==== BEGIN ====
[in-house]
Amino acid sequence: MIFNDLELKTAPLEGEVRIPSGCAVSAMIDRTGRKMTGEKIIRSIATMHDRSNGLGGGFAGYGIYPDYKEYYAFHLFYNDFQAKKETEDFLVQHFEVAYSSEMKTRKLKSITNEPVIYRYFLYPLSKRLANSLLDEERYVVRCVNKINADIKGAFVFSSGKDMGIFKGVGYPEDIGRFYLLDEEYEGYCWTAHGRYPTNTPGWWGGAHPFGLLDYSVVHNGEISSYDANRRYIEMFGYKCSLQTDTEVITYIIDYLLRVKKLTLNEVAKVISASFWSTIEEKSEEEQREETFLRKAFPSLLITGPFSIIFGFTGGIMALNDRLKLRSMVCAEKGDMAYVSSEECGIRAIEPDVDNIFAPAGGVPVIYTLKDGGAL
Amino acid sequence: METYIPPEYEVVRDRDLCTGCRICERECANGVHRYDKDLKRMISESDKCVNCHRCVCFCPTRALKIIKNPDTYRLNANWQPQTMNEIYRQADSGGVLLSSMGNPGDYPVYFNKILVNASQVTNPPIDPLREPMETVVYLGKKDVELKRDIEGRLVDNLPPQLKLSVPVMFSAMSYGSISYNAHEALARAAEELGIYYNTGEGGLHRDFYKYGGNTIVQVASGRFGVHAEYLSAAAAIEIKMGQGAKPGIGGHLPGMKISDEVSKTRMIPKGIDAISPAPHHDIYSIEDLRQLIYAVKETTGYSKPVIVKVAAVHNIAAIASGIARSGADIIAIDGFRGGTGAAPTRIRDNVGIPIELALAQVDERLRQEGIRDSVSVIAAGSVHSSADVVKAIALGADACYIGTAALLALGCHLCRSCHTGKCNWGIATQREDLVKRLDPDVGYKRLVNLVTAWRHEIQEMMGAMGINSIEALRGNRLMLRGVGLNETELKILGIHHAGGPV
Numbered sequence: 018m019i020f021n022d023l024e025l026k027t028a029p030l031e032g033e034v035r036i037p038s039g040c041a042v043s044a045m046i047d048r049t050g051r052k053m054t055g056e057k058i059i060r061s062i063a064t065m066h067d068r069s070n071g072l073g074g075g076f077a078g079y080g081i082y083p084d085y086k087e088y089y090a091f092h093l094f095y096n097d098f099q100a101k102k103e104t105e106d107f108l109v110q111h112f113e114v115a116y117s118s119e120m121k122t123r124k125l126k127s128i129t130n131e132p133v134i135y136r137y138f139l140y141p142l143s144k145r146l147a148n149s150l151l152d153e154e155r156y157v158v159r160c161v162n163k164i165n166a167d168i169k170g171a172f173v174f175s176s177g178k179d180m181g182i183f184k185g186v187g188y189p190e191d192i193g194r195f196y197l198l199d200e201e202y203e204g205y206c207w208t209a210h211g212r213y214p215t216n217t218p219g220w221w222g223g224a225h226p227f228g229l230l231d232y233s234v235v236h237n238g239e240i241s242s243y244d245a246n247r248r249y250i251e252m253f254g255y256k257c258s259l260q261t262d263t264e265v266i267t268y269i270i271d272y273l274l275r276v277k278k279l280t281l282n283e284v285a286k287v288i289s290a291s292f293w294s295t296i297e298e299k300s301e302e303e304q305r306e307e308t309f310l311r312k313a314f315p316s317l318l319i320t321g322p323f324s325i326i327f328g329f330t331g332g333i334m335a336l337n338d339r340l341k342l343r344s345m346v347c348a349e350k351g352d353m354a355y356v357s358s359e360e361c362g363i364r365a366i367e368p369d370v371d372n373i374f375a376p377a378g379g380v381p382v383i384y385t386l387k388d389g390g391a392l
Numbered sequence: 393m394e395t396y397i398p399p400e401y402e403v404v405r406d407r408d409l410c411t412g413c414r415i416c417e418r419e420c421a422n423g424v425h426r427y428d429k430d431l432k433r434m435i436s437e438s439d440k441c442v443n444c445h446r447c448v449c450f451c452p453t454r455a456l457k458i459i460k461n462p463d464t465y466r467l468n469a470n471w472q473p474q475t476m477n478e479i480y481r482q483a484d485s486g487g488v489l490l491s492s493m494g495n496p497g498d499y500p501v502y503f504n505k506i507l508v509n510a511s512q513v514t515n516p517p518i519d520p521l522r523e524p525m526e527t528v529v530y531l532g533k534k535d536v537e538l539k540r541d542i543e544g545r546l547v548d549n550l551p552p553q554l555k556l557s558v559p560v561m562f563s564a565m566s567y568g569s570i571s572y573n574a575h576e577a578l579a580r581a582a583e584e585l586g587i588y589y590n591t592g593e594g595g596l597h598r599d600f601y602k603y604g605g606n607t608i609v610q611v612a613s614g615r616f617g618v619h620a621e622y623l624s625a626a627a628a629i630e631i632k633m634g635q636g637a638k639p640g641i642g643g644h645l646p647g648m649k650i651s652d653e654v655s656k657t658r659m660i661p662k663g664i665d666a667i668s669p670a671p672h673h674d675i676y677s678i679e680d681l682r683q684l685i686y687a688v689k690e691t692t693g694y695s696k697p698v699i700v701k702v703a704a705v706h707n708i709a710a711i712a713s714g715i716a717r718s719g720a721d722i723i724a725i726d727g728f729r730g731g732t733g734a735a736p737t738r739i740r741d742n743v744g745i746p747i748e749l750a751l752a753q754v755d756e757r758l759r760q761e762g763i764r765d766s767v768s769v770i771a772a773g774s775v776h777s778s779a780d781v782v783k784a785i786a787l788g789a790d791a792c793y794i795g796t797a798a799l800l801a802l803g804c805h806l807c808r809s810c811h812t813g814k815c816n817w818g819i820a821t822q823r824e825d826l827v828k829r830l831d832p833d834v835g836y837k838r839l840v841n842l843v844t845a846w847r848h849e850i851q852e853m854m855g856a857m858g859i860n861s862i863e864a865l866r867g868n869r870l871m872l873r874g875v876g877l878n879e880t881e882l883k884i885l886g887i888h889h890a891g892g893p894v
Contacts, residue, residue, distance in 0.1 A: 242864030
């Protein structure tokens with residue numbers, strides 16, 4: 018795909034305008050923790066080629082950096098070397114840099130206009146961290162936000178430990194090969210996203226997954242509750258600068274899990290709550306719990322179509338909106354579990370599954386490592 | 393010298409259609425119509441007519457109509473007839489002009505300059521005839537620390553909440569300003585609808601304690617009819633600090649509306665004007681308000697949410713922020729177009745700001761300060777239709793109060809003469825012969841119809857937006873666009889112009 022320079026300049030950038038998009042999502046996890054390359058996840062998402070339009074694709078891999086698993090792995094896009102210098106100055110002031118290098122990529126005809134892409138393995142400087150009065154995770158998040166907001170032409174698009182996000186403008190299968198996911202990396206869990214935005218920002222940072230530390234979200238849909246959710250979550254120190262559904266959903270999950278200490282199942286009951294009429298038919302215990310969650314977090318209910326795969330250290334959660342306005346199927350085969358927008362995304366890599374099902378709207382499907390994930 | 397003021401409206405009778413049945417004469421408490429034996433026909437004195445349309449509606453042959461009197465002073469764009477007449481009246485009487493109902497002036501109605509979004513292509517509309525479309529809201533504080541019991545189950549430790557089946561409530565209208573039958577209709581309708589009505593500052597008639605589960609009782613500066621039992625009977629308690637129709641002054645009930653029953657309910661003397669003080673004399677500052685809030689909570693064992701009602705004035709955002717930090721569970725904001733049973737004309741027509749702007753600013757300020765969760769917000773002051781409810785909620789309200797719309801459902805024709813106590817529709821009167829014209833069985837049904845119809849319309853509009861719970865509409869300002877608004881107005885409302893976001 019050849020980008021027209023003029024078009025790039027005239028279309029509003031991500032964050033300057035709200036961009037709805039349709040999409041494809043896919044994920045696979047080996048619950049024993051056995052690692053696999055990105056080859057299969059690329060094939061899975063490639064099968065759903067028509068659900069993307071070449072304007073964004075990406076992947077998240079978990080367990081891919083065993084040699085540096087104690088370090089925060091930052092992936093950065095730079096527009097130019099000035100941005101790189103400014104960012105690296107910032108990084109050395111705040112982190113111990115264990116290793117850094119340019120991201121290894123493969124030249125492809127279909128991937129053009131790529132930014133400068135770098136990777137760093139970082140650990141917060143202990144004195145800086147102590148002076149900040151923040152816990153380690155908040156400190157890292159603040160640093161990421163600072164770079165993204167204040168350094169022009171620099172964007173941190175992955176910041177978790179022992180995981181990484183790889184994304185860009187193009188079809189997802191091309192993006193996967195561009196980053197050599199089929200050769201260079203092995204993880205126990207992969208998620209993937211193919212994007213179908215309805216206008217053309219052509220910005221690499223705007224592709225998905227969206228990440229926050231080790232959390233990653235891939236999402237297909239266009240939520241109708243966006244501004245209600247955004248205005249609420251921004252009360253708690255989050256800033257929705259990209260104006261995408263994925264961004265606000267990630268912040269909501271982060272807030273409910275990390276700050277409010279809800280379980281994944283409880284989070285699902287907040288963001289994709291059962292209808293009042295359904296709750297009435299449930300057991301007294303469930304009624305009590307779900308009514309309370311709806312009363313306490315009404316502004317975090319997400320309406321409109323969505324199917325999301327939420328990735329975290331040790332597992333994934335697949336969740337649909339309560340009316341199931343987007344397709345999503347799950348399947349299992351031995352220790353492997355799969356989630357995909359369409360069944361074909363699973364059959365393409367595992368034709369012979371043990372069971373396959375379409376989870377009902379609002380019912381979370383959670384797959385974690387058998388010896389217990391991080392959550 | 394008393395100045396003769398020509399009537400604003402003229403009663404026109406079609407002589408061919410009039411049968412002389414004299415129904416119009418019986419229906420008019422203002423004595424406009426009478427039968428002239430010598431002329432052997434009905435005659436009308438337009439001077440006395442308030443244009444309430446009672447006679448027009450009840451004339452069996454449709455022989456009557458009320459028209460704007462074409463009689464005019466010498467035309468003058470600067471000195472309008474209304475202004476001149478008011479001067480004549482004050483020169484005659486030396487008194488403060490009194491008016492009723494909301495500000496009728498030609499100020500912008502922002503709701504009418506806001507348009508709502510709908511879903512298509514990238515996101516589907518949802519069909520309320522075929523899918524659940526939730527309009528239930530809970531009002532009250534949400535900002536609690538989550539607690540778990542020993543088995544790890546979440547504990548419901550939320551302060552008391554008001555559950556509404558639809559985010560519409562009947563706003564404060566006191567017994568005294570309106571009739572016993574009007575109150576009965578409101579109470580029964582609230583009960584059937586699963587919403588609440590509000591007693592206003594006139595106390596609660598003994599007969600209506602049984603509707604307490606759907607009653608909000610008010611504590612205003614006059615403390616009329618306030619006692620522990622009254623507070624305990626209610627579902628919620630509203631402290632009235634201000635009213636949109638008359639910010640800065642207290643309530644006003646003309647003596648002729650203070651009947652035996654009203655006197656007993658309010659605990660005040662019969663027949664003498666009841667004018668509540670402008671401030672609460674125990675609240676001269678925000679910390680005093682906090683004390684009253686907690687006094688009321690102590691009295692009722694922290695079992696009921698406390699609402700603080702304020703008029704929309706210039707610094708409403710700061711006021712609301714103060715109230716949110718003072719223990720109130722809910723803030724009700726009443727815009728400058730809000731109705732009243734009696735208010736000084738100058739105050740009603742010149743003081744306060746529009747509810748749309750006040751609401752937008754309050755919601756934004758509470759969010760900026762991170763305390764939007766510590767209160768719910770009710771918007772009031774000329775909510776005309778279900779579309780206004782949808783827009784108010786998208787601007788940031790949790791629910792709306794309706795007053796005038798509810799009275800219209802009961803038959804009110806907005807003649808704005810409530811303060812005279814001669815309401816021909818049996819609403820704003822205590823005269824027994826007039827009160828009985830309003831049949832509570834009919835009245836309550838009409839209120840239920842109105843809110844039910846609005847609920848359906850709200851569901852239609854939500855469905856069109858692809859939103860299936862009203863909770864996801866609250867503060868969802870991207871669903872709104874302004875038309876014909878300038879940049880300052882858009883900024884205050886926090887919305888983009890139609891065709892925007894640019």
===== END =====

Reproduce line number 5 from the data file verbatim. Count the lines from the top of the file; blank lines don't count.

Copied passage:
Numbered sequence: 393m394e395t396y397i398p399p400e401y402e403v404v405r406d407r408d409l410c411t412g413c414r415i416c417e418r419e420c421a422n423g424v425h426r427y428d429k430d431l432k433r434m435i436s437e438s439d440k441c442v443n444c445h446r447c448v449c450f451c452p453t454r455a456l457k458i459i460k461n462p463d464t465y466r467l468n469a470n471w472q473p474q475t476m477n478e479i480y481r482q483a484d485s486g487g488v489l490l491s492s493m494g495n496p497g498d499y500p501v502y503f504n505k506i507l508v509n510a511s512q513v514t515n516p517p518i519d520p521l522r523e524p525m526e527t528v529v530y531l532g533k534k535d536v537e538l539k540r541d542i543e544g545r546l547v548d549n550l551p552p553q554l555k556l557s558v559p560v561m562f563s564a565m566s567y568g569s570i571s572y573n574a575h576e577a578l579a580r581a582a583e584e585l586g587i588y589y590n591t592g593e594g595g596l597h598r599d600f601y602k603y604g605g606n607t608i609v610q611v612a613s614g615r616f617g618v619h620a621e622y623l624s625a626a627a628a629i630e631i632k633m634g635q636g637a638k639p640g641i642g643g644h645l646p647g648m649k650i651s652d653e654v655s656k657t658r659m660i661p662k663g664i665d666a667i668s669p670a671p672h673h674d675i676y677s678i679e680d681l682r683q684l685i686y687a688v689k690e691t692t693g694y695s696k697p698v699i700v701k702v703a704a705v706h707n708i709a710a711i712a713s714g715i716a717r718s719g720a721d722i723i724a725i726d727g728f729r730g731g732t733g734a735a736p737t738r739i740r741d742n743v744g745i746p747i748e749l750a751l752a753q754v755d756e757r758l759r760q761e762g763i764r765d766s767v768s769v770i771a772a773g774s775v776h777s778s779a780d781v782v783k784a785i786a787l788g789a790d791a792c793y794i795g796t797a798a799l800l801a802l803g804c805h806l807c808r809s810c811h812t813g814k815c816n817w818g819i820a821t822q823r824e825d826l827v828k829r830l831d832p833d834v835g836y837k838r839l840v841n842l843v844t845a846w847r848h849e850i851q852e853m854m855g856a857m858g859i860n861s862i863e864a865l866r867g868n869r870l871m872l873r874g875v876g877l878n879e880t881e882l883k884i885l886g887i888h889h890a891g892g893p894v